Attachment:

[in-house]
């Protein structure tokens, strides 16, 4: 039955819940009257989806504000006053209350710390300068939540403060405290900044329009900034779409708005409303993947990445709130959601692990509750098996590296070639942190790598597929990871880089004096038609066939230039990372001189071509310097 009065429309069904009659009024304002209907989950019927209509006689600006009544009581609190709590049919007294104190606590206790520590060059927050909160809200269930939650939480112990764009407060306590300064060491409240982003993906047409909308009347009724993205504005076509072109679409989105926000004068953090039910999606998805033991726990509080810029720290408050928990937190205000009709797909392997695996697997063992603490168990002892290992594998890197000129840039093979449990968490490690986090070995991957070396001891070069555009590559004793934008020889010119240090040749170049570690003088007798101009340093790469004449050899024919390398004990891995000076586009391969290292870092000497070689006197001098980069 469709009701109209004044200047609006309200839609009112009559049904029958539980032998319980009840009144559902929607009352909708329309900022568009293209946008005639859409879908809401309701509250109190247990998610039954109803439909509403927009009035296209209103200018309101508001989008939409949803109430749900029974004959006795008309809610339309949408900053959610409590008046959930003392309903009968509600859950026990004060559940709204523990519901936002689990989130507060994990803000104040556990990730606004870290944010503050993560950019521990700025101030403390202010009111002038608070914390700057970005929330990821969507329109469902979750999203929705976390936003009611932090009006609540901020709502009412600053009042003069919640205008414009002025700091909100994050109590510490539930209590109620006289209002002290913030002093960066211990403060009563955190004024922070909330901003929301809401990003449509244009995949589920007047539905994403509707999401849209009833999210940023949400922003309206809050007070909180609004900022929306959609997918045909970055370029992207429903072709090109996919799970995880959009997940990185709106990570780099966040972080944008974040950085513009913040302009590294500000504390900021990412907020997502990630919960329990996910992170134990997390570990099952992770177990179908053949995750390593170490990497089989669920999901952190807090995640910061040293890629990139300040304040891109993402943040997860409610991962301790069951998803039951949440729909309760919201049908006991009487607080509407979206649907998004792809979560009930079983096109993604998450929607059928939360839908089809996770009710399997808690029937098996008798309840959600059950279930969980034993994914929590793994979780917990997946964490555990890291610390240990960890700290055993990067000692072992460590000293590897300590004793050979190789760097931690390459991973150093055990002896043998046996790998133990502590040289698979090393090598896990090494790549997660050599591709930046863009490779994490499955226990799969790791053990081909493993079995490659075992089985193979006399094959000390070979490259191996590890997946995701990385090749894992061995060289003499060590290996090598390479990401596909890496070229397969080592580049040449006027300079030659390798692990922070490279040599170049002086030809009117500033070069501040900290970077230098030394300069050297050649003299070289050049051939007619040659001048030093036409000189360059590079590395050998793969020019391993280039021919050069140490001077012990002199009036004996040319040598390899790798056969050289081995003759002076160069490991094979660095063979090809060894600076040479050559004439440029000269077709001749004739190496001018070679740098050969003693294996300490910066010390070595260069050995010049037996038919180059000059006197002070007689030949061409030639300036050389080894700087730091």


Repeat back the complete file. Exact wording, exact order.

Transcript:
[in-house]
């Protein structure tokens, strides 16, 4: 039955819940009257989806504000006053209350710390300068939540403060405290900044329009900034779409708005409303993947990445709130959601692990509750098996590296070639942190790598597929990871880089004096038609066939230039990372001189071509310097 009065429309069904009659009024304002209907989950019927209509006689600006009544009581609190709590049919007294104190606590206790520590060059927050909160809200269930939650939480112990764009407060306590300064060491409240982003993906047409909308009347009724993205504005076509072109679409989105926000004068953090039910999606998805033991726990509080810029720290408050928990937190205000009709797909392997695996697997063992603490168990002892290992594998890197000129840039093979449990968490490690986090070995991957070396001891070069555009590559004793934008020889010119240090040749170049570690003088007798101009340093790469004449050899024919390398004990891995000076586009391969290292870092000497070689006197001098980069 469709009701109209004044200047609006309200839609009112009559049904029958539980032998319980009840009144559902929607009352909708329309900022568009293209946008005639859409879908809401309701509250109190247990998610039954109803439909509403927009009035296209209103200018309101508001989008939409949803109430749900029974004959006795008309809610339309949408900053959610409590008046959930003392309903009968509600859950026990004060559940709204523990519901936002689990989130507060994990803000104040556990990730606004870290944010503050993560950019521990700025101030403390202010009111002038608070914390700057970005929330990821969507329109469902979750999203929705976390936003009611932090009006609540901020709502009412600053009042003069919640205008414009002025700091909100994050109590510490539930209590109620006289209002002290913030002093960066211990403060009563955190004024922070909330901003929301809401990003449509244009995949589920007047539905994403509707999401849209009833999210940023949400922003309206809050007070909180609004900022929306959609997918045909970055370029992207429903072709090109996919799970995880959009997940990185709106990570780099966040972080944008974040950085513009913040302009590294500000504390900021990412907020997502990630919960329990996910992170134990997390570990099952992770177990179908053949995750390593170490990497089989669920999901952190807090995640910061040293890629990139300040304040891109993402943040997860409610991962301790069951998803039951949440729909309760919201049908006991009487607080509407979206649907998004792809979560009930079983096109993604998450929607059928939360839908089809996770009710399997808690029937098996008798309840959600059950279930969980034993994914929590793994979780917990997946964490555990890291610390240990960890700290055993990067000692072992460590000293590897300590004793050979190789760097931690390459991973150093055990002896043998046996790998133990502590040289698979090393090598896990090494790549997660050599591709930046863009490779994490499955226990799969790791053990081909493993079995490659075992089985193979006399094959000390070979490259191996590890997946995701990385090749894992061995060289003499060590290996090598390479990401596909890496070229397969080592580049040449006027300079030659390798692990922070490279040599170049002086030809009117500033070069501040900290970077230098030394300069050297050649003299070289050049051939007619040659001048030093036409000189360059590079590395050998793969020019391993280039021919050069140490001077012990002199009036004996040319040598390899790798056969050289081995003759002076160069490991094979660095063979090809060894600076040479050559004439440029000269077709001749004739190496001018070679740098050969003693294996300490910066010390070595260069050995010049037996038919180059000059006197002070007689030949061409030639300036050389080894700087730091």